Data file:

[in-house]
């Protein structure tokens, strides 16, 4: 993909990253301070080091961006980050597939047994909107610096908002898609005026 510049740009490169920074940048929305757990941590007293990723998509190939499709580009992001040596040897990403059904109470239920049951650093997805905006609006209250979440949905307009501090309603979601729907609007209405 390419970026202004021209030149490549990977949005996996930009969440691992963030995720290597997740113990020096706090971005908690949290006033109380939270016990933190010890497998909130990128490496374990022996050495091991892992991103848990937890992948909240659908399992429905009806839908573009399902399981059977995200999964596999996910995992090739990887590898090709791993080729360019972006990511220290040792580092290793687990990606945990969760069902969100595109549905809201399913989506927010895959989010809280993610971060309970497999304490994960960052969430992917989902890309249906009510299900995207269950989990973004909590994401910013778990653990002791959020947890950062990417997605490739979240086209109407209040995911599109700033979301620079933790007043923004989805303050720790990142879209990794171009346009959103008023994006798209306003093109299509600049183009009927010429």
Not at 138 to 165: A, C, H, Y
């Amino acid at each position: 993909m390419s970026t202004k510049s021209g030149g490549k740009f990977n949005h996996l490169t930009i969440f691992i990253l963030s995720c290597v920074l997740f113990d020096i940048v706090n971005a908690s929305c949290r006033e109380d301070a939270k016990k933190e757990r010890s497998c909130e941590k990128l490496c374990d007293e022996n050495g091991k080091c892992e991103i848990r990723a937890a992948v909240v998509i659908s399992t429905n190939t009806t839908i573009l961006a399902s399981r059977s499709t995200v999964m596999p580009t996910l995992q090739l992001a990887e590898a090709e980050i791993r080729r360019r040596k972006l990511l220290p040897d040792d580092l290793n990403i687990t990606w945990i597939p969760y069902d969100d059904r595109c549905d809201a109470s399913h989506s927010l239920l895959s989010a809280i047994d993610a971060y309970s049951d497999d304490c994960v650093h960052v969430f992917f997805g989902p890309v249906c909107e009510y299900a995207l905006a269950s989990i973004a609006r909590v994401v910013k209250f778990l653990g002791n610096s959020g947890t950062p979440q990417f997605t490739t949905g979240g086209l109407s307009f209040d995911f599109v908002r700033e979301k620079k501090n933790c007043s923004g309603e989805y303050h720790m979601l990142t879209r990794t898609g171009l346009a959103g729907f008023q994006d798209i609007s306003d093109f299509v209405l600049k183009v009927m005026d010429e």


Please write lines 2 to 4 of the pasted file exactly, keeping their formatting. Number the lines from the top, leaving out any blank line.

């Protein structure tokens, strides 16, 4: 993909990253301070080091961006980050597939047994909107610096908002898609005026 510049740009490169920074940048929305757990941590007293990723998509190939499709580009992001040596040897990403059904109470239920049951650093997805905006609006209250979440949905307009501090309603979601729907609007209405 390419970026202004021209030149490549990977949005996996930009969440691992963030995720290597997740113990020096706090971005908690949290006033109380939270016990933190010890497998909130990128490496374990022996050495091991892992991103848990937890992948909240659908399992429905009806839908573009399902399981059977995200999964596999996910995992090739990887590898090709791993080729360019972006990511220290040792580092290793687990990606945990969760069902969100595109549905809201399913989506927010895959989010809280993610971060309970497999304490994960960052969430992917989902890309249906009510299900995207269950989990973004909590994401910013778990653990002791959020947890950062990417997605490739979240086209109407209040995911599109700033979301620079933790007043923004989805303050720790990142879209990794171009346009959103008023994006798209306003093109299509600049183009009927010429």
Not at 138 to 165: A, C, H, Y
């Amino acid at each position: 993909m390419s970026t202004k510049s021209g030149g490549k740009f990977n949005h996996l490169t930009i969440f691992i990253l963030s995720c290597v920074l997740f113990d020096i940048v706090n971005a908690s929305c949290r006033e109380d301070a939270k016990k933190e757990r010890s497998c909130e941590k990128l490496c374990d007293e022996n050495g091991k080091c892992e991103i848990r990723a937890a992948v909240v998509i659908s399992t429905n190939t009806t839908i573009l961006a399902s399981r059977s499709t995200v999964m596999p580009t996910l995992q090739l992001a990887e590898a090709e980050i791993r080729r360019r040596k972006l990511l220290p040897d040792d580092l290793n990403i687990t990606w945990i597939p969760y069902d969100d059904r595109c549905d809201a109470s399913h989506s927010l239920l895959s989010a809280i047994d993610a971060y309970s049951d497999d304490c994960v650093h960052v969430f992917f997805g989902p890309v249906c909107e009510y299900a995207l905006a269950s989990i973004a609006r909590v994401v910013k209250f778990l653990g002791n610096s959020g947890t950062p979440q990417f997605t490739t949905g979240g086209l109407s307009f209040d995911f599109v908002r700033e979301k620079k501090n933790c007043s923004g309603e989805y303050h720790m979601l990142t879209r990794t898609g171009l346009a959103g729907f008023q994006d798209i609007s306003d093109f299509v209405l600049k183009v009927m005026d010429e």